MS Word Spelling and Grammar Checker, Grammarly–or Both?


Grammar NaziLate to the party again? Sometimes I never get there at all! It’s not as if I haven’t heard of Grammarly before, just that I’ve been quite content to finish my thoughts and then run the Spelling and Grammar checker under “Tools” in my very old MS Word (2003) program. But there are advantages and disadvantages to the simple Spelling and Grammar checker on my equally old (POS) computer. I wonder if the newer word (2007, 2010) .doc and .docx have a more complete command of the language? Currently, I must “add to dictionary” constantly slang terms, colloquialisms, and common blogging expressions, as well as the idioms commonly used for sailing or popular historic word usage (from my grandfather’s manuscripts). So, I thought I’d look into the fuss over Grammarly.

MS Word Spelling and Grammar Checker

Spelling-Grammar checkPart of the reason I continue to stick with MS Word Spelling and Grammar checker is that it also gives me Readability Stats, including passive voice phrases (8%–that’s acceptable at under 10%). This is the Flesch Reading Ease score for this document (55.5%–I’d prefer to see 70%) as well as the Flesch-Kincaid Grade Level score (at 8.9 or freshman in high school–should be easy to read–I’m good with that), about which I’ve previously written and I try to keep my posts within a certain level.

Paper Checker

There are a number of free, but limited, independent spell and grammar checkers out there available for download. One is Paper Checker. It is easy as copy/paste. And while it invites you to paste the text of your paper (or upload a file), I didn’t see any word limit. The Terms of Service, which you must agree to, were last updated February 20, 2014. After pasting (or uploading) your text, just select “Get Report” and you’ll immediately receive your analysis. This is not a program I’ve personally used and I’d assume is limited. (That is, don’t expect to upload a novella size text for analyzation. OOPS! Word doesn’t recognize that word [analyzation] either).


I signed up for the Grammarly Extension yesterday, intending to use it for this post, but almost before fully “signed in,” asked to upgrade to “professional.” I’m not sure about you, but I get really ticked when immediately asked to upgrade before I’ve had a chance to use or understand the program. The free version is available to download for your browser on Chrome, Safari, and Firefox and is compatible with Word and Outlook. Is the “FREE” version that cheesy? Well, let’s see:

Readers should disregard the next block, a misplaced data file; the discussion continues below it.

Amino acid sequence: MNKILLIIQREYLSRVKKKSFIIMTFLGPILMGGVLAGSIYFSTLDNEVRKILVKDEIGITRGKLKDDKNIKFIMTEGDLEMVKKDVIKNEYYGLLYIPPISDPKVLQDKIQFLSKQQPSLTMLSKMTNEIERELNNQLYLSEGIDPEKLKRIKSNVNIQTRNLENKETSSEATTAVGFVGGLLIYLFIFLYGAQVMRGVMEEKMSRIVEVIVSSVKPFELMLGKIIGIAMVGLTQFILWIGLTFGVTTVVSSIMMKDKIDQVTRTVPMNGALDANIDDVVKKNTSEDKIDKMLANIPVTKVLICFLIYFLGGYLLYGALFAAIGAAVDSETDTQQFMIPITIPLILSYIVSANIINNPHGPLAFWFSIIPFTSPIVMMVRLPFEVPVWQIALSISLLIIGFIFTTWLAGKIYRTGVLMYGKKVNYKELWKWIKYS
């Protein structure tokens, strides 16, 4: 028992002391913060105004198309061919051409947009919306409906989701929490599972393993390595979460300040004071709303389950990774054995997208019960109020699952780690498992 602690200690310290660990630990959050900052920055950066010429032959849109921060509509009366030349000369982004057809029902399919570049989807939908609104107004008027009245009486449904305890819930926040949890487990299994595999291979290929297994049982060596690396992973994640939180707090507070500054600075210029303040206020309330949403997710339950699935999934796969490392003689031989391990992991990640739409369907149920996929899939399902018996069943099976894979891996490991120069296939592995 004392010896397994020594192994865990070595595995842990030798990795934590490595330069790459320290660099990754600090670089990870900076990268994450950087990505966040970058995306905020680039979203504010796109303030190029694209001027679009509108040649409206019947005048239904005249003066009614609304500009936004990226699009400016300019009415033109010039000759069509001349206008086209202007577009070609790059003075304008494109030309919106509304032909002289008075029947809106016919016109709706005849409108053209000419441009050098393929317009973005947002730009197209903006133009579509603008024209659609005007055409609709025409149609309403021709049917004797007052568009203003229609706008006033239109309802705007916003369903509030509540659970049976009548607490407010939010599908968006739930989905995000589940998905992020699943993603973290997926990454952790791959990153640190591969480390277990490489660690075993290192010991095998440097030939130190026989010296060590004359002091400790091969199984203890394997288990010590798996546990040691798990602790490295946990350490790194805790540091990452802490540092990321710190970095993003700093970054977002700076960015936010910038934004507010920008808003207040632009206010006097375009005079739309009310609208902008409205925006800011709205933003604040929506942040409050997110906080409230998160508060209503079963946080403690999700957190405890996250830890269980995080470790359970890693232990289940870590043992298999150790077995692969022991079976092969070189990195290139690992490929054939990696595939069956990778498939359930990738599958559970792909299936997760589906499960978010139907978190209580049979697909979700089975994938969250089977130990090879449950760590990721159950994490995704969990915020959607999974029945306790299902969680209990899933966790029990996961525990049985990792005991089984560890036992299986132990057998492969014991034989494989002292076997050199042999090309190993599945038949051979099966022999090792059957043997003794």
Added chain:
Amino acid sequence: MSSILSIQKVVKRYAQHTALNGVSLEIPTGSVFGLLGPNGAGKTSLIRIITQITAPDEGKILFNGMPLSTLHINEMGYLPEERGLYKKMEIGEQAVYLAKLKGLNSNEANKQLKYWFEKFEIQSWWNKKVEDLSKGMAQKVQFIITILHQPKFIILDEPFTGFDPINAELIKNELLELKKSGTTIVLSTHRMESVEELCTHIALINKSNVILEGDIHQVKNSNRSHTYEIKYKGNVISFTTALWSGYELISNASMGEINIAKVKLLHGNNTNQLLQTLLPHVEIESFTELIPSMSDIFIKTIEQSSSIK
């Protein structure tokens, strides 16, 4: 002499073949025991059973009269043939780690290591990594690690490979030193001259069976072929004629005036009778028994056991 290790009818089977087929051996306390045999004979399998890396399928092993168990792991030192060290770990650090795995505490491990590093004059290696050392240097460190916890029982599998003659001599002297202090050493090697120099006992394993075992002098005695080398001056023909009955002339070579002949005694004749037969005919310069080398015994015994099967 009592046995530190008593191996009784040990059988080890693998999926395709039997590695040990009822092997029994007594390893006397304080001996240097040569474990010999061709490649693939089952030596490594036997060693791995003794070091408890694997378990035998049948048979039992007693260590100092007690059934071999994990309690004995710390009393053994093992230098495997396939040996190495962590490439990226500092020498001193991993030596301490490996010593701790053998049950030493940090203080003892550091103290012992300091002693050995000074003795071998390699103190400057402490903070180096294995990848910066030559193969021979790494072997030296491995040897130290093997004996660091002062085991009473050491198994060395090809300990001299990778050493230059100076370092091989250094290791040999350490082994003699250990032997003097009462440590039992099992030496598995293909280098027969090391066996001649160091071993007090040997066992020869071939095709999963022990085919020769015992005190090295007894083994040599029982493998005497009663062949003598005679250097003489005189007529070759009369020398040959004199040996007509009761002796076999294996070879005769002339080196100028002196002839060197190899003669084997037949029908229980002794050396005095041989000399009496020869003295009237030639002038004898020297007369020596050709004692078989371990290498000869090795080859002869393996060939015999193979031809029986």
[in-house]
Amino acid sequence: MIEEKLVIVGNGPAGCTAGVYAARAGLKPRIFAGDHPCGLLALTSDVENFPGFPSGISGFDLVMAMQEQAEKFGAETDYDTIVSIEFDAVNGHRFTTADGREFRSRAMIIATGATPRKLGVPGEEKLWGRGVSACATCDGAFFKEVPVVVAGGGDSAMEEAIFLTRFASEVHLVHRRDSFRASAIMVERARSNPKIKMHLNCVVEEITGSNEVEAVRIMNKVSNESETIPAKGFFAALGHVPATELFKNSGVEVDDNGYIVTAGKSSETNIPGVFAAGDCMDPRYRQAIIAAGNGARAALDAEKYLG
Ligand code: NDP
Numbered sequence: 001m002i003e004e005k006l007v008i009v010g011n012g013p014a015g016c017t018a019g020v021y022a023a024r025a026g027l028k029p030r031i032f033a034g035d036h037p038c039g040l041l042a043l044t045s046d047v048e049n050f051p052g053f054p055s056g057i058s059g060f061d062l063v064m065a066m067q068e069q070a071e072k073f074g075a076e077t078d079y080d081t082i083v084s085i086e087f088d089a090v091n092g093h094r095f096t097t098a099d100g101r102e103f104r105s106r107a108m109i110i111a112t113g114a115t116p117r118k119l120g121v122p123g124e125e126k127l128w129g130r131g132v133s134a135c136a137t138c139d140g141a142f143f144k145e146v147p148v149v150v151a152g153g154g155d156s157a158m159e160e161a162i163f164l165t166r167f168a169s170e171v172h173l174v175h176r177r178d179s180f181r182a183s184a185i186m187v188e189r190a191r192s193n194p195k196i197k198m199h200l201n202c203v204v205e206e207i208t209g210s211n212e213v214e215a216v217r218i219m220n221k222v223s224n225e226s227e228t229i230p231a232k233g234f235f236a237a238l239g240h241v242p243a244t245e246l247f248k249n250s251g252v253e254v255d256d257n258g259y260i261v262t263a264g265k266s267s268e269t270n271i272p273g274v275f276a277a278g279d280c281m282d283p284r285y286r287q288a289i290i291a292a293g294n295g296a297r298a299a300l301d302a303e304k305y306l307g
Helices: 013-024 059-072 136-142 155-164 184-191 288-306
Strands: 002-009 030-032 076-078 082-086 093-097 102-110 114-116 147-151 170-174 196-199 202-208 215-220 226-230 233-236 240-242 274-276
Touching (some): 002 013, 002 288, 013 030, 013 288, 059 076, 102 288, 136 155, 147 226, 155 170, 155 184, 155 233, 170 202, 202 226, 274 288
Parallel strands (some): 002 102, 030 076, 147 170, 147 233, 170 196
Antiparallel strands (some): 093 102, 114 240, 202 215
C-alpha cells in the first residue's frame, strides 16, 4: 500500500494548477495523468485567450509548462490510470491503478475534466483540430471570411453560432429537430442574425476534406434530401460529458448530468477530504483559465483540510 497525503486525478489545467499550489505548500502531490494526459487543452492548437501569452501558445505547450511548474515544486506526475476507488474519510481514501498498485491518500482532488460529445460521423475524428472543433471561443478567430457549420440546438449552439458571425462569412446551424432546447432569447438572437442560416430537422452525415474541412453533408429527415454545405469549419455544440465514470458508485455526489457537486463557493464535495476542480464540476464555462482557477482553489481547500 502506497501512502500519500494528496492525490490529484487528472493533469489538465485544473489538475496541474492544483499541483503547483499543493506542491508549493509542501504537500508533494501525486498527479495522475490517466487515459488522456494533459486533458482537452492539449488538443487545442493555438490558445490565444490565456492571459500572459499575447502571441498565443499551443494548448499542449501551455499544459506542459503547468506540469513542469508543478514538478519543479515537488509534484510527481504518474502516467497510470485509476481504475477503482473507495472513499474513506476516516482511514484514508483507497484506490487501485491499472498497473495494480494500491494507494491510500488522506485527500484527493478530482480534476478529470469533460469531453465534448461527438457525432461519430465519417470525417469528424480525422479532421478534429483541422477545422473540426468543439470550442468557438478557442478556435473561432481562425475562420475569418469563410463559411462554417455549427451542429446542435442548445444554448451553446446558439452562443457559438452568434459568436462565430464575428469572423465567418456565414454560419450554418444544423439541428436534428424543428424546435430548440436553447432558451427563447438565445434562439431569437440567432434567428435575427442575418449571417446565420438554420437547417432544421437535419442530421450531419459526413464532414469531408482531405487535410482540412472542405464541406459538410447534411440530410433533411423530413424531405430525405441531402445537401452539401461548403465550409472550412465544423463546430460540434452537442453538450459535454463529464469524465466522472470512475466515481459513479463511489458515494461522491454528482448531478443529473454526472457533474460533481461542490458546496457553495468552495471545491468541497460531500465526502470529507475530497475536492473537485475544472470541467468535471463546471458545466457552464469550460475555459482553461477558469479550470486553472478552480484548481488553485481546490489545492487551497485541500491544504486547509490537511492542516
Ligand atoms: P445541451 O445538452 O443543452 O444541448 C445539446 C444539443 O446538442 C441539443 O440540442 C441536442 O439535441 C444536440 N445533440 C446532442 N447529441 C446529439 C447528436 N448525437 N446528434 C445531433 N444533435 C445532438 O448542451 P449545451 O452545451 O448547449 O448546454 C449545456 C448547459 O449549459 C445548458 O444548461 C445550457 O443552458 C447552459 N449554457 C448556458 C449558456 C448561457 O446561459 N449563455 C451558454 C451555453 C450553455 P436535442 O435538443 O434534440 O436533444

Grammarly Pros:
  • The naysayers insist it is not that great at telling you if you have the correct word.
    1. Free Grammarly for Word currently uses 100 grammar rules to apply to your document.
    2. Punctuation correction.
    3. Will work with WordPress(?) as well as Facebook. (I have yet to prove this.)
    4. Grammarly can scan a document and highlight those words (thesaurus) that could be replaced to strengthen the text. (Upgrade to premium)
    5. Grammarly now corrects out of order pronouns; i.e., Her children and sheShe and her children…
    6. Word spelled correctly but used in the wrong context is caught. Examples: lose/loose, affect/effect, lie/lay, there/their/they’re
    7. The biggee according to Bill Winterberg, Journalist out of Atlanta…The service goes beyond the basic spell check and grammar check built into the word processor, as Grammarly can identify correctly spelled words that are used in the wrong context. (According to the Grammarly website.) (Is this, or not, another upgrade to premium?)


spell checkAnd that alone will separate the men from the boys… or writers from blogger/hobbyists. (“Major” improvements have been added over the past year, according to my new email.)